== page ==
firefighter

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fire·fight·er

also fire fighter  (fīr′fī′tər)
n.
A member of a fire department who fights fires.

fire′fight′ing adj. & n.
American Heritage® Dictionary of the English Language, Fifth Edition. Copyright © 2016 by Houghton Mifflin Harcourt Publishing Company. Published by Houghton Mifflin Harcourt Publishing Company. All rights reserved.

firefighter

(ˈfaɪəˌfaɪtə)
n
a person who fights fires, usually a public employee or trained volunteer
Collins English Dictionary – Complete and Unabridged, 12th Edition 2014 © HarperCollins Publishers 1991, 1994, 1998, 2000, 2003, 2006, 2007, 2009, 2011, 2014

fire′fight`er

or fire′ fight`er,



n.
a person who fights destructive fires.
[1900–05]
fire′fight`ing, n., adj.
Random House Kernerman Webster's College Dictionary, © 2010 K Dictionaries Ltd. Copyright 2005, 1997, 1991 by Random House, Inc. All rights reserved.

firefighter

An internet user who tries to prevent or extinguish flame wars.
Dictionary of Unfamiliar Words by Diagram Group Copyright © 2008 by Diagram Visual Information Limited
ThesaurusAntonymsRelated WordsSynonymsLegend:
Noun1.firefighter - a member of a fire department who tries to extinguish firesfirefighter - a member of a fire department who tries to extinguish fires
fire department - the department of local government responsible for preventing and extinguishing fires
defender, guardian, protector, shielder - a person who cares for persons or property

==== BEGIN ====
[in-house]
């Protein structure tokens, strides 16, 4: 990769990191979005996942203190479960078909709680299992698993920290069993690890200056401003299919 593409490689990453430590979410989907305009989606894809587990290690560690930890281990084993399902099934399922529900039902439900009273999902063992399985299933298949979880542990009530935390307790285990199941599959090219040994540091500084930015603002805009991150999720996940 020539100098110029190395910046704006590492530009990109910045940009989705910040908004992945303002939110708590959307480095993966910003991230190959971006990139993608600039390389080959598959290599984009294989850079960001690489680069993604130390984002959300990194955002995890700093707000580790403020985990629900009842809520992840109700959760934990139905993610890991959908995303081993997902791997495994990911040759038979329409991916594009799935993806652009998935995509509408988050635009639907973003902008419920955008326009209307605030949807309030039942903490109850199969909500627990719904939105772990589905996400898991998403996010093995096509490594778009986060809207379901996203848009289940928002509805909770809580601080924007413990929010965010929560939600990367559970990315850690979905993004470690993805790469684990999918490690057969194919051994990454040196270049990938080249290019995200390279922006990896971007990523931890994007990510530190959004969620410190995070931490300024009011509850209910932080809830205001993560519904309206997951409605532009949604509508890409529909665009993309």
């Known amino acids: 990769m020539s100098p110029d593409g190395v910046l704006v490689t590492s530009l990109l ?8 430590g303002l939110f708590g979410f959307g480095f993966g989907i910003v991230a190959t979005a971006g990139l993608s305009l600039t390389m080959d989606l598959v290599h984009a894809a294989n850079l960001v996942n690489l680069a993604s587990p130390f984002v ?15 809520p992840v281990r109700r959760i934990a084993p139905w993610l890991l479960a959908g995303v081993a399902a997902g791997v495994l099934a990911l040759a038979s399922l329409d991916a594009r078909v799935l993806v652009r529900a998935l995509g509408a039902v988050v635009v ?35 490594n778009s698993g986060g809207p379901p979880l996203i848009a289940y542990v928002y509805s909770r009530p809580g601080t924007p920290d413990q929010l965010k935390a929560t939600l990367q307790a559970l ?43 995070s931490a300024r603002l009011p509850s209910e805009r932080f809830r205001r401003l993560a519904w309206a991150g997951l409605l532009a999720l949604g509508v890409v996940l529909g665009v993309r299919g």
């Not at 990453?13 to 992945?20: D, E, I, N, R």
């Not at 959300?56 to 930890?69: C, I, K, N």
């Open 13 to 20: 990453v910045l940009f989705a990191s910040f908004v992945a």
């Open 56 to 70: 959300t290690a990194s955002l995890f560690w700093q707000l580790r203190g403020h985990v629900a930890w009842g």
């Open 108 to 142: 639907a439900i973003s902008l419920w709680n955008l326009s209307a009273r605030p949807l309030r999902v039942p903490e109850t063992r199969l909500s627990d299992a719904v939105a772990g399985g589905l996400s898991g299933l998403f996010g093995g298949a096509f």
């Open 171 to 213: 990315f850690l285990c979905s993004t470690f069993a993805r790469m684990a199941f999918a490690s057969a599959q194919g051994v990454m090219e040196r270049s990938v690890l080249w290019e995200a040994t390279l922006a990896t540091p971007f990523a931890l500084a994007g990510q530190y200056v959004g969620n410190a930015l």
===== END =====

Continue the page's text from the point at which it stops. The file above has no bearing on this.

fire chief, fire marshal - the head of a fire department
fire warden, forest fire fighter, ranger - an official who is responsible for managing and protecting an area of forest
Based on WordNet 3.0, Farlex clipart collection. © 2003-2012 Princeton University, Farlex Inc.
Translations
hasič
tűzoltó
gasilec

firefighter

[ˈfaɪəˌfaɪtəʳ] Nbombero/a m/f
Collins Spanish Dictionary - Complete and Unabridged 8th Edition 2005 © William Collins Sons & Co. Ltd. 1971, 1988 © HarperCollins Publishers 1992, 1993, 1996, 1997, 2000, 2003, 2005

firefighter

n bombero -ra mf
English-Spanish/Spanish-English Medical Dictionary Copyright © 2006 by The McGraw-Hill Companies, Inc. All rights reserved.
References in periodicals archive ?
Katariacutena Kri#382anovaacute of the Fire-fighter and Rescue Corps Presidium (HaZZ) said 170 firefighters had to take action in 130 incidents, the TASR newswire reported.Fire led to 81 accidents while 39 resulted from fireworks.
While three of the five injured people are reported to be in serious condition, there is also a fire-fighter who has been received minor injuries.
They have been nominated as Team of the Year for their outstanding commitment in paying tribute to former colleague, friend and fire-fighter Peter Metcalfe.
The plan has only progressed as far as an internal memo as yet, but if implemented it would allow fire-fighter tourists to participate on fire trucks and to work on blazes in the city, which is famous for its motor industry.
Firelink is a state of the art, radio system which provides immediate two-way communication between fire-fighter teams in Wales.
"If required, the initial course can teach new airport recruits on a complete ab-initio basis, enabling them to go from having no experience at all to becoming a qualified fire-fighter in six weeks of intensive classroom and live training.
'As a retained fire-fighter myself, I will not be going on strike because I do not want blood on my hands.
A BLACK fire-fighter has been left a nervous wreck after bigoted colleagues made his life a misery.
"A fire-fighter who earns PS29,000, and retires after a full career aged 60, will get a PS19,000-a-year pension, rising to PS26,000 with the state pension.
AS THE wife of a fire-fighter, I have watched the firemen being demoralised slowly and surely over the last three years.
Fire-fighter Andy Abbis, from Rugby fire station, said the working conditions had been "difficult".
The new rate for a fire-fighter with five years' service is pounds 341.65 a week.